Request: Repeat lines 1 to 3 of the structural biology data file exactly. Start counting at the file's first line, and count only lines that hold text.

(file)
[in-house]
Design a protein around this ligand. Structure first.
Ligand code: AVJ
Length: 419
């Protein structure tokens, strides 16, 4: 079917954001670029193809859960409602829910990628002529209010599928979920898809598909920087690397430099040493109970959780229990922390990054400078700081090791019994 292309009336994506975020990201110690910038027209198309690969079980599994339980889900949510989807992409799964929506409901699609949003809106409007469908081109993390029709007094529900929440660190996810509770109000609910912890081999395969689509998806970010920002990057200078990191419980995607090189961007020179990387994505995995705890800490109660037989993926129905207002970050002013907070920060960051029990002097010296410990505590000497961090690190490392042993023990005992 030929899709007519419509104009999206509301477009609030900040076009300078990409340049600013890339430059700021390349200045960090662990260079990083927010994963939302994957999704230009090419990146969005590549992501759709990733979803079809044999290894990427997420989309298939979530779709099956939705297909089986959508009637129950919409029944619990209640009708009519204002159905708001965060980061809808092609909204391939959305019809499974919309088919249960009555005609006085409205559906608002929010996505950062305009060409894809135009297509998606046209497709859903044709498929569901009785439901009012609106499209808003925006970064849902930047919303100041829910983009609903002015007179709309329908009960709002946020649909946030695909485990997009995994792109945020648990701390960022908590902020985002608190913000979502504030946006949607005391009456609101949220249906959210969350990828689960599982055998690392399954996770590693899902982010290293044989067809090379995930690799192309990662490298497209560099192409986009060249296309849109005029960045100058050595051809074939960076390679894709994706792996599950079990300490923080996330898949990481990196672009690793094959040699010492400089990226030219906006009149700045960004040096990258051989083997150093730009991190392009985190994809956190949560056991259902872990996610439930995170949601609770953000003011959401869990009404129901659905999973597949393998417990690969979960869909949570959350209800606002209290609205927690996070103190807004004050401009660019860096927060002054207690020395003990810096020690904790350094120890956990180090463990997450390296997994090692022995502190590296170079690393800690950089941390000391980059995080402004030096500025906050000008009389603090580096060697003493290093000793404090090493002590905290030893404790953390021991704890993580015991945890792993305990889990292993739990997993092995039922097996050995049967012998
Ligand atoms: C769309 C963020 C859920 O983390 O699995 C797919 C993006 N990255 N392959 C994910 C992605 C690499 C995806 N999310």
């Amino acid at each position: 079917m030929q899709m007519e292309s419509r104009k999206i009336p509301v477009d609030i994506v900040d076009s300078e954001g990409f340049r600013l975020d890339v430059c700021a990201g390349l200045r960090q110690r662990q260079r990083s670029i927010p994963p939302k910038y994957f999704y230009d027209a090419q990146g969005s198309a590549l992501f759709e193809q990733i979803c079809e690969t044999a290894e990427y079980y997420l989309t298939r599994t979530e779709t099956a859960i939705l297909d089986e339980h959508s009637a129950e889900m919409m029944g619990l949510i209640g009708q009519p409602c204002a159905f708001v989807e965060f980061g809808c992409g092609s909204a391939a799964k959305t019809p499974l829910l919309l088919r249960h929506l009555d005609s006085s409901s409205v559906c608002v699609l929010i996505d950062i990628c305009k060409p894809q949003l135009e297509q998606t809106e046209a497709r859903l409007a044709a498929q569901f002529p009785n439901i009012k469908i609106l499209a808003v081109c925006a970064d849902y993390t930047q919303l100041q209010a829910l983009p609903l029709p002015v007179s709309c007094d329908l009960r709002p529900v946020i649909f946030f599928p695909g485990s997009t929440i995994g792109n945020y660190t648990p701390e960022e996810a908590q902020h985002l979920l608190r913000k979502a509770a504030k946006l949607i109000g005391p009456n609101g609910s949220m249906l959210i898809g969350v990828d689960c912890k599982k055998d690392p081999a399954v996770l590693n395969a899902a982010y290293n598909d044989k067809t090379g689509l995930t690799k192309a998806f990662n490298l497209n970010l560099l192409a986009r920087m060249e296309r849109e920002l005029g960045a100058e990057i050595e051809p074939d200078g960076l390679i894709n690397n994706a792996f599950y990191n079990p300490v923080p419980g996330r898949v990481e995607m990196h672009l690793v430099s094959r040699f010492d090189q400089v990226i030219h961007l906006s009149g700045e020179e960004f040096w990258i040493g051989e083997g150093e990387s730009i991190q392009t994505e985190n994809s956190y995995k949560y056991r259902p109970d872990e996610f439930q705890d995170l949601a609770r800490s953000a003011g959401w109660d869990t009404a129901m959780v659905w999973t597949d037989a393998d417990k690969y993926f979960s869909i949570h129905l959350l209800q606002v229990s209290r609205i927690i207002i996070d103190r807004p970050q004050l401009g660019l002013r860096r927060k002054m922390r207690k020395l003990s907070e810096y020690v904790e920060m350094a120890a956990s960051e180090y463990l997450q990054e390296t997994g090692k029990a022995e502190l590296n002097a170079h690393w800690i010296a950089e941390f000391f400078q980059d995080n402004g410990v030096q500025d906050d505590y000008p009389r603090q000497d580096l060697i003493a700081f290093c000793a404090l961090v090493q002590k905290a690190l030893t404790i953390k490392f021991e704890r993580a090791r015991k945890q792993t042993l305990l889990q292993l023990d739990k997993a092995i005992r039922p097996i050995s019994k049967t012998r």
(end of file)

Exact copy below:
[in-house]
Design a protein around this ligand. Structure first.
Ligand code: AVJ